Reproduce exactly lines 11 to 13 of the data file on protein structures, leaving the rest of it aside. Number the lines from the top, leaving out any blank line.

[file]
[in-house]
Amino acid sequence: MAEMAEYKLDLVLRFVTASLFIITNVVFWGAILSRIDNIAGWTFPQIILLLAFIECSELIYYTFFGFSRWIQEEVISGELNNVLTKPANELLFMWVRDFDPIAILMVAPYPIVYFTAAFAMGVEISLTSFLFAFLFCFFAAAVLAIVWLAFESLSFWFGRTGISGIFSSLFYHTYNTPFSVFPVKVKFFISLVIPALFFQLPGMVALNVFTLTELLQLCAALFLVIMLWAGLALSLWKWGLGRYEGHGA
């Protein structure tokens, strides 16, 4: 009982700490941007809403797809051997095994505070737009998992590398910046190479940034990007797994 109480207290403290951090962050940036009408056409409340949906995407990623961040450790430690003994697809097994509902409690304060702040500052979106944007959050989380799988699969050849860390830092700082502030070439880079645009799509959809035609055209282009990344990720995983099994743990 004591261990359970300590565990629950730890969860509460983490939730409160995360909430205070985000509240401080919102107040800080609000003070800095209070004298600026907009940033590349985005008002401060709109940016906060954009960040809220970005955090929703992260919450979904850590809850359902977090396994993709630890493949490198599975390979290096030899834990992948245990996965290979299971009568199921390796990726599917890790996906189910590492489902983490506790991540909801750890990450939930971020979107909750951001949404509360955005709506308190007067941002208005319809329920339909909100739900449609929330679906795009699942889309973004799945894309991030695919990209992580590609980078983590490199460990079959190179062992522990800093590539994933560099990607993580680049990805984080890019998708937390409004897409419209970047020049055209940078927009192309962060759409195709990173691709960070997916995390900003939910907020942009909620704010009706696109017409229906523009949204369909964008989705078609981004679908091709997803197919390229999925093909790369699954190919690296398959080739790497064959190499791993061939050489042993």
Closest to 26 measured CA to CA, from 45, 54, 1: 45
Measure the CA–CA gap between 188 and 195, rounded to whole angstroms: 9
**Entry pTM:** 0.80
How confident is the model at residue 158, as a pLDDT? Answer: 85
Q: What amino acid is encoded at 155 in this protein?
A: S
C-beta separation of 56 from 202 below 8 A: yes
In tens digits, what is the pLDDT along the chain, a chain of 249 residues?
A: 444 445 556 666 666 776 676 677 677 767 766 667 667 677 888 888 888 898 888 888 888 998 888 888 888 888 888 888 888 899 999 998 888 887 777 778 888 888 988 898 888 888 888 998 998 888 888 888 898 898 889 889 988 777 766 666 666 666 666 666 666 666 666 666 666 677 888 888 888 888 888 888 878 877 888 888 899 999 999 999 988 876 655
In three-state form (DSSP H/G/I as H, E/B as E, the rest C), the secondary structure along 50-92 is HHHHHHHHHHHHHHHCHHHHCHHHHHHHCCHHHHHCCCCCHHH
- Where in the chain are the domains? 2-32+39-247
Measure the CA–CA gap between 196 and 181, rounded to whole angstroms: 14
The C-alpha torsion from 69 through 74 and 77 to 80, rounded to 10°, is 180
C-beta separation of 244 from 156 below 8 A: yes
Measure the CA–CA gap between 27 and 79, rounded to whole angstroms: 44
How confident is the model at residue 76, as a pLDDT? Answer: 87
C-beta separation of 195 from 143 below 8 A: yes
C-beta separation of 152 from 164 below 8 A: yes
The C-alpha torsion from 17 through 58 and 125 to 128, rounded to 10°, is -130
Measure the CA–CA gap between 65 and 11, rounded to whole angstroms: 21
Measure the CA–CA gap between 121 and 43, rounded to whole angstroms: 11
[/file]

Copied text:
In tens digits, what is the pLDDT along the chain, a chain of 249 residues?
A: 444 445 556 666 666 776 676 677 677 767 766 667 667 677 888 888 888 898 888 888 888 998 888 888 888 888 888 888 888 899 999 998 888 887 777 778 888 888 988 898 888 888 888 998 998 888 888 888 898 898 889 889 988 777 766 666 666 666 666 666 666 666 666 666 666 677 888 888 888 888 888 888 878 877 888 888 899 999 999 999 988 876 655
In three-state form (DSSP H/G/I as H, E/B as E, the rest C), the secondary structure along 50-92 is HHHHHHHHHHHHHHHCHHHHCHHHHHHHCCHHHHHCCCCCHHH